AWS Session Manager: A better way to SSH

Secure Shell (SSH) is a solid remote access tool. IMO it's a key enabling technology for distributed systems. However it's effective security is not ideal. It's authentication scheme with RSA key pairs and wire-level encryption is great. But key management is tricky, and opening the firewall(s) for bidirectional SSH (port 22) increases the attack surface.

This article describes an AWS innovation introduced in 2019 called the session manager. Yes, you really can improve that mouse trap. The session manager adds to ssh a layer of authentication and authorization based on IAM and only requires HTTPS outbound on the server end. SSH rides on top of the Session Manager via SSH's proxy capability.

Now, remote host access might be on the wane. Cloud native is trending us towards managed platforms (cloud functions, serverless, container orchestrators), where it is discouraged, if not impossible, to start a shell. But for now, we still need it.

Let us level set first on SSH before we get into SSH proxied via the Session Manaager.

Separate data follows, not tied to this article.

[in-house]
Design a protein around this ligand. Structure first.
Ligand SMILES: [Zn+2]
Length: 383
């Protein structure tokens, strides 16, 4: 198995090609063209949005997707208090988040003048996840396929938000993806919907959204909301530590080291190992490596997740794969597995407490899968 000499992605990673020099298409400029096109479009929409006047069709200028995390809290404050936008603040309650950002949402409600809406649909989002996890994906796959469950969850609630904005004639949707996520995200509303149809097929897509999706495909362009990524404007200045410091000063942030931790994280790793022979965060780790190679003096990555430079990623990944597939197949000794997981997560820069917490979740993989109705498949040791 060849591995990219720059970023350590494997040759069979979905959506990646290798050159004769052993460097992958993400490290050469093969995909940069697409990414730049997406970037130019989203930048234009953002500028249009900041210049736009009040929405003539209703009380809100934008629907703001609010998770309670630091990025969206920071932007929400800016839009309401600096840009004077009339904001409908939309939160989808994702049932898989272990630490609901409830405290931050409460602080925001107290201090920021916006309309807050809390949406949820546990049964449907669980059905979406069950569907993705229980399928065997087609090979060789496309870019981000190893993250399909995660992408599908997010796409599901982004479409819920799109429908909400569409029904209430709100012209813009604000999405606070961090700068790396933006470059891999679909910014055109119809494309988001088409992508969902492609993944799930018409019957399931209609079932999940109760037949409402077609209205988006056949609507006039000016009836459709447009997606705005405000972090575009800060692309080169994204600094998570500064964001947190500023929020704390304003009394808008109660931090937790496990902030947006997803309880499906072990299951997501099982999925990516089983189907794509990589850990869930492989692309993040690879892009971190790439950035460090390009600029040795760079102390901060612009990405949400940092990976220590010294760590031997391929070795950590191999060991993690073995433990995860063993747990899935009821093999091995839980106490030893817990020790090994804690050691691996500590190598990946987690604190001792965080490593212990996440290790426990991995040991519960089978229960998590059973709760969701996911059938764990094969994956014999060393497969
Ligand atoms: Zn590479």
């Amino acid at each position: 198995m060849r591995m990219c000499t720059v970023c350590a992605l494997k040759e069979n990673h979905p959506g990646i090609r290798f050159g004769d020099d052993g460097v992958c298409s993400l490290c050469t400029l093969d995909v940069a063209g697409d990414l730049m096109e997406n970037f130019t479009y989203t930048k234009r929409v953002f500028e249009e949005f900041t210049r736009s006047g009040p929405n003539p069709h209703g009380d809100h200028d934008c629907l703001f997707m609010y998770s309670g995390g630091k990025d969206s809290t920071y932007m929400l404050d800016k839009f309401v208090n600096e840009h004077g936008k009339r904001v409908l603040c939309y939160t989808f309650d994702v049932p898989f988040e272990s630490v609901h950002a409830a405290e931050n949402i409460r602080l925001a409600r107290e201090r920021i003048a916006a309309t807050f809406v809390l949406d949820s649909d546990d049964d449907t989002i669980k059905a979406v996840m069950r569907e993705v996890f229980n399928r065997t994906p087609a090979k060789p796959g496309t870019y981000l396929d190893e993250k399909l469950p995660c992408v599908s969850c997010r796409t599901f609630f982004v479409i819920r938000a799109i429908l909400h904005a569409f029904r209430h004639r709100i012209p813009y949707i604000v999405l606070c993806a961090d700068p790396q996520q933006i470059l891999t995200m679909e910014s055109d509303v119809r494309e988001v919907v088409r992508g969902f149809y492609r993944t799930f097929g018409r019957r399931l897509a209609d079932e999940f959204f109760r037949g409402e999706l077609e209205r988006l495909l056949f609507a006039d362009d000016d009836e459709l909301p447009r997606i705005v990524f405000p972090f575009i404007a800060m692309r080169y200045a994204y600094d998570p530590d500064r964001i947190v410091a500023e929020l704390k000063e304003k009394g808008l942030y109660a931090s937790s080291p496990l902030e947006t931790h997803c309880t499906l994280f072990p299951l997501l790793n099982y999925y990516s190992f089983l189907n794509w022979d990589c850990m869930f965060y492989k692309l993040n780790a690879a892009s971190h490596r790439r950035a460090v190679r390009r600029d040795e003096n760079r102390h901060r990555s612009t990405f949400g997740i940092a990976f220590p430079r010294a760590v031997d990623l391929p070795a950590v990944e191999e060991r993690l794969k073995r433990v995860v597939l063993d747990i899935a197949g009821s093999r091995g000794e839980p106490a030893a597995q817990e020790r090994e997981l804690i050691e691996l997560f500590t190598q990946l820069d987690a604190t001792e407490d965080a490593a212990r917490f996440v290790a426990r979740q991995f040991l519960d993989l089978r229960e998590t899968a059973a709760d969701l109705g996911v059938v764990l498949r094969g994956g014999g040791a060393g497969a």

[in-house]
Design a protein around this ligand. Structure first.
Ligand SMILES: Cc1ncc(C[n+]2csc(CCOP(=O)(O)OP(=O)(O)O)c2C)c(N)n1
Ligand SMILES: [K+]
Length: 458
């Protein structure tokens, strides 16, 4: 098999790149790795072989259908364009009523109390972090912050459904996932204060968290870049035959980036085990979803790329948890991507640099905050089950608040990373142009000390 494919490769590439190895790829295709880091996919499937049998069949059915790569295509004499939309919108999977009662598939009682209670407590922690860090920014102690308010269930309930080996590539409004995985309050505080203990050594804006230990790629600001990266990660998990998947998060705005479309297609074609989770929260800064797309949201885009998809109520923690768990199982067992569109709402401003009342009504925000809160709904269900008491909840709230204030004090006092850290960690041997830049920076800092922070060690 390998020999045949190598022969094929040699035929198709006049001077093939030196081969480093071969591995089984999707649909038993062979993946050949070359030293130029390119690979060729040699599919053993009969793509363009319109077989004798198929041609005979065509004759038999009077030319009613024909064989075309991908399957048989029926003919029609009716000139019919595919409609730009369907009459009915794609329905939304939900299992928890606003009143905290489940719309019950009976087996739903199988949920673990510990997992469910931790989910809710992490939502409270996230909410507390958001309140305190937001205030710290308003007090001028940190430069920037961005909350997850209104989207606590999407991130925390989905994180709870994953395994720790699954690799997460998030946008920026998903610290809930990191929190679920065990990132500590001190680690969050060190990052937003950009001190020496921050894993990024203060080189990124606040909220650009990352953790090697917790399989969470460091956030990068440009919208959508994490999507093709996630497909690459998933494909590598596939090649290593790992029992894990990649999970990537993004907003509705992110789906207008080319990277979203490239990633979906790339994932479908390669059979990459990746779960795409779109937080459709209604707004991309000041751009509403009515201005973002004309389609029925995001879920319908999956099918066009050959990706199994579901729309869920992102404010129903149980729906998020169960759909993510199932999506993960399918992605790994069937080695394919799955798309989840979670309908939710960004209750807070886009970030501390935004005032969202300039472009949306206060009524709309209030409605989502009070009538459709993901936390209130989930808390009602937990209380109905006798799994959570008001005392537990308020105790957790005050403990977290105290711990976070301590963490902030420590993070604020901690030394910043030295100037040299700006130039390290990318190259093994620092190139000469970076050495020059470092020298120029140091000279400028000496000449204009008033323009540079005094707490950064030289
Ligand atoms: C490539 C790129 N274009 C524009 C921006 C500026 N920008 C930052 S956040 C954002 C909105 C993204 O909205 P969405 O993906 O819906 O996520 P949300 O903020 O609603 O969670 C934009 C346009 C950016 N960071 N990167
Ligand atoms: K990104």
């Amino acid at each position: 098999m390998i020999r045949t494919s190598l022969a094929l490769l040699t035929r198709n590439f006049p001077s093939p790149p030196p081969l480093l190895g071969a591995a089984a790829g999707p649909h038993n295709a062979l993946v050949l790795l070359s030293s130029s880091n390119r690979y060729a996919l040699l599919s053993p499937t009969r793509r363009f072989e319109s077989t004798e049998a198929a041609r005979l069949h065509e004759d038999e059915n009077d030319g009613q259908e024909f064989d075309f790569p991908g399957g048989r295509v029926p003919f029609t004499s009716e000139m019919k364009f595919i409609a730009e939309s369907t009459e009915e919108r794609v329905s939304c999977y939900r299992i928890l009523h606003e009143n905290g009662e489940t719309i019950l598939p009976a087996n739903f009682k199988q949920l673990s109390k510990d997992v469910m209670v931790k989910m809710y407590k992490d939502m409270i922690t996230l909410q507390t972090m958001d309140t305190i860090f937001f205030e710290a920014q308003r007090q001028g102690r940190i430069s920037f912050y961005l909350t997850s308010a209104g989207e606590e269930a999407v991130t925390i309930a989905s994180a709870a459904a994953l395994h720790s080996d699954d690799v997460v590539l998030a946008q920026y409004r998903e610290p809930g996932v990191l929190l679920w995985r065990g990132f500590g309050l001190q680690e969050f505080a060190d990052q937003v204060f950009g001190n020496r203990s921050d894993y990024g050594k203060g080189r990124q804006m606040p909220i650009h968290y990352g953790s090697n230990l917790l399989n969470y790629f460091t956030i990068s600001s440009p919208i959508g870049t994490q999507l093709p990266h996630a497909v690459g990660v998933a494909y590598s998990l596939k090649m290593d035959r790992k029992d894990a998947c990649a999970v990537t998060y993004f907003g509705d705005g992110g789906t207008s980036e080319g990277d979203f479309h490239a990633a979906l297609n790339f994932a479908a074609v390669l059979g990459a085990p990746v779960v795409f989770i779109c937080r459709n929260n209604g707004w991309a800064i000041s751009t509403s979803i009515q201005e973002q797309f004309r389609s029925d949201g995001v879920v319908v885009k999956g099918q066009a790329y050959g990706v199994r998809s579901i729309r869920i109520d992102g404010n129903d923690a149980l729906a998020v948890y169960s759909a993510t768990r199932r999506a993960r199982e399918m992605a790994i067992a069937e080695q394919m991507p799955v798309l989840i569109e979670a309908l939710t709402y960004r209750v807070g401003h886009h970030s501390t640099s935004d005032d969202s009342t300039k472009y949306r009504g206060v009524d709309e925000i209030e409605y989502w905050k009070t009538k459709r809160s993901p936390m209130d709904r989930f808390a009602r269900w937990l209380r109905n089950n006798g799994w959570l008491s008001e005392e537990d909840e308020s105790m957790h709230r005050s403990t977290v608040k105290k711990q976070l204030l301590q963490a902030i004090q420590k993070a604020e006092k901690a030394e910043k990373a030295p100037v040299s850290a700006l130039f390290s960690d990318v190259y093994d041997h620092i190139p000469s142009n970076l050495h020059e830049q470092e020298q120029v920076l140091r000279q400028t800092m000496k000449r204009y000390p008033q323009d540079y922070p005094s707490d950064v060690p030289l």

Straight SSH

Straight, plain-vanilla SSH has a client and a server component, communicating over the SSH protocol. A shell session is initiated to a server-side user account, and authenticated either by a password or private key whose public key has been pre-authorized on the server:


Note that ssh client is usually a bundle of tools: secure shell, file transfer and copy (ssh, sftp and scp). All three use the above architecture.

For reference, starting the session looks something like this:

ssh -i ~/.ssh/my-ec2-instance.pem ec2-user@{public-ip-or-fqdn}

Direct Session Manager

AWS offers session manager clients as part of the AWS CLI (with an add on) and the Console (Browser interface). The client and server communicate over HTTPS and secure web sockets, via the AWS Systems Manager (SSM) gateway:


A few points to reemphasize here:

  1. There is effectively no risk of inbound attack. The firewall (security group and/or network acl) only needs an 443 outbound rule. The ssm agent on the EC2 Instances poll the gateway for session requests.
  2. You can remove jumphosts altogether, or at least move them to private subnets. These instances need no public IP, and outbound access is enabled via a NAT gateway.
  3. It's easier to harden authentication and manage credentials at scale. Console password rules (complexity, expiry), CLI access key rules (expiry) and use of MFA can be centralized. With AWS SSO or cross-account role assumption, each user has one set of credentials to use and rotate. Of course on and off-boarding is simplified as well.
  4. You can more easily authorize access. SSH keys are often shared across hosts for convenience. IAM policies can be configured to limit access based on instance ids, tags, subnets, etc. on a per-user, per-role or per-group basis.